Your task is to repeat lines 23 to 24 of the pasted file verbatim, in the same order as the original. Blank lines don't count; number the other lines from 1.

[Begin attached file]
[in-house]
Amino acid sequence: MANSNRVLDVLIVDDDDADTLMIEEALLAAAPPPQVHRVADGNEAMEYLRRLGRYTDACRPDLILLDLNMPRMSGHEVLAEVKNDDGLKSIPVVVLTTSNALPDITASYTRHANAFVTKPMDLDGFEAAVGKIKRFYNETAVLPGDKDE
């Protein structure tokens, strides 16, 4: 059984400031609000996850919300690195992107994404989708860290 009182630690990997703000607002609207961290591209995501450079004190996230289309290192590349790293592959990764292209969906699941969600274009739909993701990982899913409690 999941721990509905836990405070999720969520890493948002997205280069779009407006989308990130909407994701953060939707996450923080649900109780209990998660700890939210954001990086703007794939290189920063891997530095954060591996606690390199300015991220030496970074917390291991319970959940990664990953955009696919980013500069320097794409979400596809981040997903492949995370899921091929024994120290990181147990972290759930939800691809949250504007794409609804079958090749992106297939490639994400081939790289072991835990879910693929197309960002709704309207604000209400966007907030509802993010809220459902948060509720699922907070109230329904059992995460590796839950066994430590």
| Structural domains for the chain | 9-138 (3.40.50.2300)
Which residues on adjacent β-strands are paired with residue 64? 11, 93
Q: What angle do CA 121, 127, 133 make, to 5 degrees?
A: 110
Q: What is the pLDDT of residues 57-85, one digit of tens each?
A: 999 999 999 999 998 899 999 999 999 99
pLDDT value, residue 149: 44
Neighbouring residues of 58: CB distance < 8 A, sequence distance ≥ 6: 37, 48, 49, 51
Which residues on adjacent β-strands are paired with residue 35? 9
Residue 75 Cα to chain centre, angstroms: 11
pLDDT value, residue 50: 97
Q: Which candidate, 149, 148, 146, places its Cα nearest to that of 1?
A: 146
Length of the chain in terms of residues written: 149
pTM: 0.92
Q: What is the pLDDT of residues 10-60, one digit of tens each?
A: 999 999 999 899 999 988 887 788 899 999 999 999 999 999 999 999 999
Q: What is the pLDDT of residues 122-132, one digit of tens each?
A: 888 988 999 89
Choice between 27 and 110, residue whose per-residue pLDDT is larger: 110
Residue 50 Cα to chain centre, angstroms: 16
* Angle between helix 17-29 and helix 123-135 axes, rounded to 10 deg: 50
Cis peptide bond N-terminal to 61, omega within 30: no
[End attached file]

Choice between 27 and 110, residue whose per-residue pLDDT is larger: 110
Residue 50 Cα to chain centre, angstroms: 16